Global Media Between Dialogue and War: When Enemies Boost the Ratings

On Tuesday February 26, 2008, CIRS hosted a one-day conference with the Italian organization Reset - Dialogues on Civilizations at Weill Cornell Lecture Hall 2.

This symposium featured an intensive set of discussions in which experts from the fields of media, journalism, international relations, and film studies came together to deliberate the consequences of using the international media as a weapon of war. The symposium was attended by students, journalists, scholars, Doha-based ambassadors, and other members of the public.

The audience and guests were welcomed by Mehran Kamrava, Director of CIRS, and Nina Zu Fürstenberg, Director of Reset. Guests were then were given a brief introduction by His Excellency Giuseppe Buccino Grimaldi, the Ambassador of Italy to Qatar, who praised the efforts of Georgetown University, Qatar Foundation, and Al Jazeera in their vision and value of progressive thinking, open dialogue and education.

Some of the speakers taking part in the symposium included Giuliano Amato, the Italian Minister of Interior, and Otto Schilly, Member of the German Parliament. Other speakers—including noted political figures, film-makers, academics, and practitioners—deliberated on several important issues pertaining to the relationship between media and war, as well as the state of the interaction between, broadly-defined, Arab and Western media.

Also discussed was the balancing act that many media conglomerates play between local demands and preferences on the one hand and international and multi-cultural trends on the other. This has resulted in a proliferation of multi-language media broadcasts. In the context of the post-9/11 global environment, broadcasts in Arabic have assumed particular significance as more media outfits are eager for a wider audience share n the Arab world. Other issues of contemporary relevance—immigration, terrorism, cultural diffusion—have also combined to heighten interest in the role of global media.

The audience also observed two documentary films and was able to address questions to the directors who presented their works. The first film was entitled “Who to Believe?” and was shown by the Iranian film-maker Hossein Dehbashi and his assistant Mateo Farzaneh. This was an edited version of a longer, seven-hour documentary commenting on the war in Iraq and how it has become a subject of polarization by its coverage in Western and Arab media.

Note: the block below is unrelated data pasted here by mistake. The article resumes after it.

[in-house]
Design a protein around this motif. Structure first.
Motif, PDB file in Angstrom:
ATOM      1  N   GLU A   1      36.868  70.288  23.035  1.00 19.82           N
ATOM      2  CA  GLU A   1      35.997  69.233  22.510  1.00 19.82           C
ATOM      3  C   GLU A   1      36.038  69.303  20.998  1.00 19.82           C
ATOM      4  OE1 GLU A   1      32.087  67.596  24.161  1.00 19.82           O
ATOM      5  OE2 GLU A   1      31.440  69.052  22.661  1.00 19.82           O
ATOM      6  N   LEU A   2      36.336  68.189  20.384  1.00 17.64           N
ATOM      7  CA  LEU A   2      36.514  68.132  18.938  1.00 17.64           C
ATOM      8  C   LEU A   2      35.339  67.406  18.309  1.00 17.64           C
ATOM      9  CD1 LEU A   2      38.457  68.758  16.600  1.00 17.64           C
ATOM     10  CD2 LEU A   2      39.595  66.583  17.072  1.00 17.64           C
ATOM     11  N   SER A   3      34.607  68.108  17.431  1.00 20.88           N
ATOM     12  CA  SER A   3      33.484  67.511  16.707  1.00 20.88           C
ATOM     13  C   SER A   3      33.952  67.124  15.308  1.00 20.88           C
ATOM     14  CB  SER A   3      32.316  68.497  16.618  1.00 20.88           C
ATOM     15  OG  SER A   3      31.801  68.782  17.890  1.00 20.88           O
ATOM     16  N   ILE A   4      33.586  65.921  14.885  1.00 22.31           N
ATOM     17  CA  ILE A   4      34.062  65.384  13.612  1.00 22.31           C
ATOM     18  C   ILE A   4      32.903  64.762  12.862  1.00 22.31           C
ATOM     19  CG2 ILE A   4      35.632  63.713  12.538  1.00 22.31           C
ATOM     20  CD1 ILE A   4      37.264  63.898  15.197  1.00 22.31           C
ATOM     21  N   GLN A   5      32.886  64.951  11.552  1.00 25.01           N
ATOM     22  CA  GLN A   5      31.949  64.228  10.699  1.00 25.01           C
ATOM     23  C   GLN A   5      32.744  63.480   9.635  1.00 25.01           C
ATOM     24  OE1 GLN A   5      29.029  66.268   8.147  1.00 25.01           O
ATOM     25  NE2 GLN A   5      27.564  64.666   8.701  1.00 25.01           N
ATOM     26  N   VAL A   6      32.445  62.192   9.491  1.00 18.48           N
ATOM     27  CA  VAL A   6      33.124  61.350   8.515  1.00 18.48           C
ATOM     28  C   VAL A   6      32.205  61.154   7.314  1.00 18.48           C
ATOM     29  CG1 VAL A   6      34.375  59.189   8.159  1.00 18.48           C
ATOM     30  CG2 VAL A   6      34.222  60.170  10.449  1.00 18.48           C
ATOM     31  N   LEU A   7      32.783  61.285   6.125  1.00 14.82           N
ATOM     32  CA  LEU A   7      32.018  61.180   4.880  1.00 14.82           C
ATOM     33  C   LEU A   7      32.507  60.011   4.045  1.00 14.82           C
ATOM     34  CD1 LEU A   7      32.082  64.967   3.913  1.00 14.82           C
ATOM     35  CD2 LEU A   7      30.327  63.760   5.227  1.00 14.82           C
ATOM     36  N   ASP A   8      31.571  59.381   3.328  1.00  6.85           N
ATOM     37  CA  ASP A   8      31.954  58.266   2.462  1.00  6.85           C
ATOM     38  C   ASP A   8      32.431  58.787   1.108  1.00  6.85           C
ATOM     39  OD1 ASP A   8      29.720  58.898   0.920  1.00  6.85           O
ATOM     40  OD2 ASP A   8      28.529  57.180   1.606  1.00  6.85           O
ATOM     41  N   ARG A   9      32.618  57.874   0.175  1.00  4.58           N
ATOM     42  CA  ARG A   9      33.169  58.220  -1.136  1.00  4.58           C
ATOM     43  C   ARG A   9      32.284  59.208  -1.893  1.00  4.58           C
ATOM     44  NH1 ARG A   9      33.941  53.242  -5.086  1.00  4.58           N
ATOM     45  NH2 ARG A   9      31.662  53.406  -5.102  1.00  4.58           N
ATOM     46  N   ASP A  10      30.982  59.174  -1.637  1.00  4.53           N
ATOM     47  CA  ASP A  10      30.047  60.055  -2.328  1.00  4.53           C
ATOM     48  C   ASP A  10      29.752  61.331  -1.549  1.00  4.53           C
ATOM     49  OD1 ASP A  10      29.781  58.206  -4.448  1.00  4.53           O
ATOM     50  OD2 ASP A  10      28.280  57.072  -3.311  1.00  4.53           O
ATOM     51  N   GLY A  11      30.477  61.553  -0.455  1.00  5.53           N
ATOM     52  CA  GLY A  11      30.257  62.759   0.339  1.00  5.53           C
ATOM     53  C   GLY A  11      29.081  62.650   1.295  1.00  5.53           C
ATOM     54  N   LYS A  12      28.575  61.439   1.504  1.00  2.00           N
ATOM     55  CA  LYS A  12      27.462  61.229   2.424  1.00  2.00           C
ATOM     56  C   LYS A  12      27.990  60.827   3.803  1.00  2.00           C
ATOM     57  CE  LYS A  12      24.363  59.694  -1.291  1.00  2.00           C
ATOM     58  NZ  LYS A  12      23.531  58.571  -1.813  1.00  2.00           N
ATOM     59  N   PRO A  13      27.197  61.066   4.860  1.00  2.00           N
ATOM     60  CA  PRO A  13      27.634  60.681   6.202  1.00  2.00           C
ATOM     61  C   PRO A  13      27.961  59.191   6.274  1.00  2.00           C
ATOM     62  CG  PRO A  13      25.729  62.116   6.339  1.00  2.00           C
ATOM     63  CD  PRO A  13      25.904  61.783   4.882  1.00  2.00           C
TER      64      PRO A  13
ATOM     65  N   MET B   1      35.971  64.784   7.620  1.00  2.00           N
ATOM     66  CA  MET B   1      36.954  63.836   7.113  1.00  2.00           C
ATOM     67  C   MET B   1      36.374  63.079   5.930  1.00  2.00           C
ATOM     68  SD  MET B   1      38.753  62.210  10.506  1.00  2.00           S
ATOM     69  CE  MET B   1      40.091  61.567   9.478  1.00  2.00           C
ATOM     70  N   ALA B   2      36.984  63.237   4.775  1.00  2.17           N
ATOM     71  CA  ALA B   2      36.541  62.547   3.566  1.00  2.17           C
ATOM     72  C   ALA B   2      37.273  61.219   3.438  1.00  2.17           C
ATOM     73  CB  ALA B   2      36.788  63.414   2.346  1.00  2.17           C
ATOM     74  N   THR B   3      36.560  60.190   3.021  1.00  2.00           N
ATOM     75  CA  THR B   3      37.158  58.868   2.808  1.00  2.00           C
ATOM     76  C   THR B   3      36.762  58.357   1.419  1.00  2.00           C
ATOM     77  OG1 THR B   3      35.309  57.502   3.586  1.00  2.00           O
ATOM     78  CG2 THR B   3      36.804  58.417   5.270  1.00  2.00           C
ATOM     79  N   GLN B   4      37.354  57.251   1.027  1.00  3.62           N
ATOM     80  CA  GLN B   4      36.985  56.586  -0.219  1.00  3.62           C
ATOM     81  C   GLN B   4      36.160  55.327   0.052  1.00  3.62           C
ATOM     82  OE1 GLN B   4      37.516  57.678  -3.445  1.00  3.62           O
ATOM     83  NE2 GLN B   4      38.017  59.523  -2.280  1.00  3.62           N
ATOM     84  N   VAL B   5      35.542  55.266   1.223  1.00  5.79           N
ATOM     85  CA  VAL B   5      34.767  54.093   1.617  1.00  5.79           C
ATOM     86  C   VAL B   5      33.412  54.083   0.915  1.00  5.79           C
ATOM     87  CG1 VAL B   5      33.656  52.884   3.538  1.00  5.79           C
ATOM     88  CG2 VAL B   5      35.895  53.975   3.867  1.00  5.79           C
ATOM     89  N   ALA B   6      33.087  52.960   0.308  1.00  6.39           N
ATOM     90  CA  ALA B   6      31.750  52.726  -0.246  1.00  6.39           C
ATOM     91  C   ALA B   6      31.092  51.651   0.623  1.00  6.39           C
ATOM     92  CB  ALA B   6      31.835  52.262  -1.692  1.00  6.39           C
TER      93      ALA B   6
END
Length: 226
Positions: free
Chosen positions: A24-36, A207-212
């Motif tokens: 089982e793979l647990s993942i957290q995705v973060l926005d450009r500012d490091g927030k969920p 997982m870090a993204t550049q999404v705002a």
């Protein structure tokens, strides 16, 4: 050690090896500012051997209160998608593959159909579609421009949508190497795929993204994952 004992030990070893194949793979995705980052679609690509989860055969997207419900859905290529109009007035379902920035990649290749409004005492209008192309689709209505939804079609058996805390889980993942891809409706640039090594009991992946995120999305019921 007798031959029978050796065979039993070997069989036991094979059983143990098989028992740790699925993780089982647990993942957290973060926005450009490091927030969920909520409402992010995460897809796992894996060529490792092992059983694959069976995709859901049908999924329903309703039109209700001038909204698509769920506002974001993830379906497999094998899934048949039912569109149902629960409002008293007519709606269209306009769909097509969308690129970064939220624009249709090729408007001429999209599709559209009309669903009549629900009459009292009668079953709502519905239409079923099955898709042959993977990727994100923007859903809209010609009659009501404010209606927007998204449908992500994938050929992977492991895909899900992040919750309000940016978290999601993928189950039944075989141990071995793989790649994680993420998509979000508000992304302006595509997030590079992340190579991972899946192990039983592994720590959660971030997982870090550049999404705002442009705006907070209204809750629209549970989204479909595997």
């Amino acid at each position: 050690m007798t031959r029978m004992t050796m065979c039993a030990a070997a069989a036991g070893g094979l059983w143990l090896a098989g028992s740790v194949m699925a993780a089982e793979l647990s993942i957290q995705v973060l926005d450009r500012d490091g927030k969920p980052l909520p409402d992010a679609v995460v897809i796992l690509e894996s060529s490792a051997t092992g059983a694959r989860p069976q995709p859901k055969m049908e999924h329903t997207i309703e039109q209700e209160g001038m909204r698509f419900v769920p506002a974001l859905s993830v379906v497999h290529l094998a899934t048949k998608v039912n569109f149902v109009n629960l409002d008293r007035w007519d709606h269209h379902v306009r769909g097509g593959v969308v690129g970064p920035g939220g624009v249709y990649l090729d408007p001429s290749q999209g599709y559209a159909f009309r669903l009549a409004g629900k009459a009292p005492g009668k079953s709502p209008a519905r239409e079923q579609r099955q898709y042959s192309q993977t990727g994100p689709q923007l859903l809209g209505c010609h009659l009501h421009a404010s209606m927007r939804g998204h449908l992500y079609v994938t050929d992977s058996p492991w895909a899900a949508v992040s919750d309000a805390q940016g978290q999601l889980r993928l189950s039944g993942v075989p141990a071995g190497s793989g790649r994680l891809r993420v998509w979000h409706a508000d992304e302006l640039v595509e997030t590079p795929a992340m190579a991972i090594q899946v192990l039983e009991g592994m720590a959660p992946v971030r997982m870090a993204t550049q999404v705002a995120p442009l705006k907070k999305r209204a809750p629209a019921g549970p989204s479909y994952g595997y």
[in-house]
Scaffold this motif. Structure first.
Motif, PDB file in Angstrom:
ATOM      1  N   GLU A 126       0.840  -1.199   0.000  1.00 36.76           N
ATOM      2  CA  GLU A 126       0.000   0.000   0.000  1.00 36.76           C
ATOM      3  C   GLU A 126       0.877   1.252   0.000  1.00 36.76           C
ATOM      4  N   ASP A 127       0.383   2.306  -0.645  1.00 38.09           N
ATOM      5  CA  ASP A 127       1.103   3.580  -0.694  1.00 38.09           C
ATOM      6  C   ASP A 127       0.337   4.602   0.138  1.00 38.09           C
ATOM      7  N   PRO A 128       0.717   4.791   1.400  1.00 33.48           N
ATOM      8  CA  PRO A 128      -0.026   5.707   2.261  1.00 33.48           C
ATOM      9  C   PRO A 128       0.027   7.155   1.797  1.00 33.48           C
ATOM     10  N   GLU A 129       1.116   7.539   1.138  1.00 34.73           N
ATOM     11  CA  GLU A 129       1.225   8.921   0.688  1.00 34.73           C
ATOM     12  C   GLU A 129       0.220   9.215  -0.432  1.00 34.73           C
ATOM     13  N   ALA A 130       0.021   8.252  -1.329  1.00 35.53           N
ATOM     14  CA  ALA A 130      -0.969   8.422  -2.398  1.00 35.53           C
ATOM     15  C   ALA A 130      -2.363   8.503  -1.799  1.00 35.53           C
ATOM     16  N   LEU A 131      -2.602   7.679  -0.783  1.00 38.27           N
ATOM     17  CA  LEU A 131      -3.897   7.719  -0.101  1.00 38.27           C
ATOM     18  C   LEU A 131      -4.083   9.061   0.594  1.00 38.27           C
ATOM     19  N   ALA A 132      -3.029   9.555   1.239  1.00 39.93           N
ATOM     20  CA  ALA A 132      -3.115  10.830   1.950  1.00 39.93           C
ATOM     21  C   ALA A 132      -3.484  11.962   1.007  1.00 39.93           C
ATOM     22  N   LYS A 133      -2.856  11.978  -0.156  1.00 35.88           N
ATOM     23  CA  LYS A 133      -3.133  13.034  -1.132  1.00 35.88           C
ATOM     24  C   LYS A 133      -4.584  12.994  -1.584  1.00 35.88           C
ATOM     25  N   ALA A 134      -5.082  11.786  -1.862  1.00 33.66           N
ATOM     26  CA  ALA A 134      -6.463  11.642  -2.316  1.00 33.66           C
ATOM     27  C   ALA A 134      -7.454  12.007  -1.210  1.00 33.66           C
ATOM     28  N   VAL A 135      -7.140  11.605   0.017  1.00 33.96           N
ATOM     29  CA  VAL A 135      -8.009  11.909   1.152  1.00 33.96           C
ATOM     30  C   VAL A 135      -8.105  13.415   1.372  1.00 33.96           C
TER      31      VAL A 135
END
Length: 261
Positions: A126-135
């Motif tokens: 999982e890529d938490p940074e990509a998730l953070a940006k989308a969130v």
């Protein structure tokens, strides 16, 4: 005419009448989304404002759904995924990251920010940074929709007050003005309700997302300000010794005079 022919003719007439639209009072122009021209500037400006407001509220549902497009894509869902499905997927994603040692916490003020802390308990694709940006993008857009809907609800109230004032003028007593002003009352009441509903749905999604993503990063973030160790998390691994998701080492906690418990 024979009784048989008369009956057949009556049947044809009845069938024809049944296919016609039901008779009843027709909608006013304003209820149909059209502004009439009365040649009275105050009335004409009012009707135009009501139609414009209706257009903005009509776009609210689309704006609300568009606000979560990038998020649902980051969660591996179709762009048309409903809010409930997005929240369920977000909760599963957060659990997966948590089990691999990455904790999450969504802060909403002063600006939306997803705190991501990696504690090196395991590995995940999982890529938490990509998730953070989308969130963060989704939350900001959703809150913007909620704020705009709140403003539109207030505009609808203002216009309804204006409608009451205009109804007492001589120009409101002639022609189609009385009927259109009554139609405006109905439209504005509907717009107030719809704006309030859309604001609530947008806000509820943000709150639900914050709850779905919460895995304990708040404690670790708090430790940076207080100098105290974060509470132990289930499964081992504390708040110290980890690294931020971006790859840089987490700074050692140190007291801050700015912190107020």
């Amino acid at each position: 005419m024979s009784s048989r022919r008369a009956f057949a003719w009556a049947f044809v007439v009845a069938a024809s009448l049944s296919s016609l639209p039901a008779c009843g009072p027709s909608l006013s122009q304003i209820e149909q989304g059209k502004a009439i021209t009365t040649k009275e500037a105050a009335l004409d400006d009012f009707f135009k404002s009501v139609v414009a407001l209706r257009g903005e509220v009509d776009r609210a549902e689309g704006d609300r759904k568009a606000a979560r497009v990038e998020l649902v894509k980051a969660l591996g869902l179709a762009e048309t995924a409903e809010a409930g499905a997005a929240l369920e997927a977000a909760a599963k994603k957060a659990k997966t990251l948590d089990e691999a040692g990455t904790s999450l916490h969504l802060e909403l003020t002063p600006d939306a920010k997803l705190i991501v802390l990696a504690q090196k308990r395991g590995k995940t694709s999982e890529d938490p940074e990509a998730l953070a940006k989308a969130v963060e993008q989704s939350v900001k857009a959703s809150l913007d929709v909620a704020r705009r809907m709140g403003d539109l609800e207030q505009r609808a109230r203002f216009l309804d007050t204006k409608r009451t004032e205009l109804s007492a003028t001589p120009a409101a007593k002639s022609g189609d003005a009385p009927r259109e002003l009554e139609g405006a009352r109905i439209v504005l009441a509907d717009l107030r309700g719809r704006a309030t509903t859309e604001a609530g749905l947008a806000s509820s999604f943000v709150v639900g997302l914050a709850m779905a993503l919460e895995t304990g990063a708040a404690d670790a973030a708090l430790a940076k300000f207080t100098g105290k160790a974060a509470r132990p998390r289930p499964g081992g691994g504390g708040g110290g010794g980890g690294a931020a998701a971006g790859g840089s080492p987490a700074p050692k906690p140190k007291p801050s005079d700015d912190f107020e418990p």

The second documentary was a proposal introduced by Carlo Sartori, the CEO of NewCo Rai International, the Italian media organization, to launch an Arabic language channel from an Italian perspective. The hope is to ease some of the strained relations between the Arab world and the West by emphasizing cross-cultural communication.

The symposium concluded on the note that listening is as much a solution to war as speaking is, and that two-way communication is the simplest yet hardest-to-achieve model of communication.

 

Event Program

9:00 - 9:30 am         Welcome

Mehran Kamrava, Director, Center for International and Regional Studies
H.E. Giuseppe Buccino Grimaldi, Ambassador of Italy in Qatar
Nina Zu Fürstenberg, Director of Reset - Dialogue on Civilizations, Italy
 

9:30 - 11:30 am       Panel I

Media as Weapons? Crossed views between East and West
This panel analyzed how television and other media shape the mutual (in)comprehensions between different cultures and faiths, from mass-media and satellite television to the spread of blogging, and from vertical to horizontal communication. 

Panelists included:
Giancarlo Bosetti, Reset Magazine, Italy
Daniela Conte, IMT Lucca, Italy
Ashraf Galal, Qatar University
Thomas Gorguissian, Qatar University
Ibrahim Helal, Al Jazeera International
Steven Livingston, George Washington University
Paolo Mancini, University of Perugia, Italy
Lawrence Pintak, American University of Cairo
Mohamed Zayani, American University of Sharjah
 

12:00 - 1:30 pm       Films and Discussion

Religious Television and International News
The Iranian film-maker Hossein Dehbashi and his assistant Mateo M. Farzaneh presented their latest documentary, and the Italian television producer Carlo Sartori presented the project of an innovative channel to be broadcast in the Mediterranean region.
 

1:30 - 3:00 pm         Lunch Break
 

3:00 - 5:00 pm         Panel II

How Politics Can Deal with the Media War

 

Presenters

Giuliano Amato, Italian Minister of Interior
Giancarlo Bosetti, Reset Magazine, Italy
Mehran Kamrava, Director, Center for International and Regional Studies
Otto Schily, Member of the German Parliament
 

Summary prepared by Suzi Mirgani, a CIRS staff member.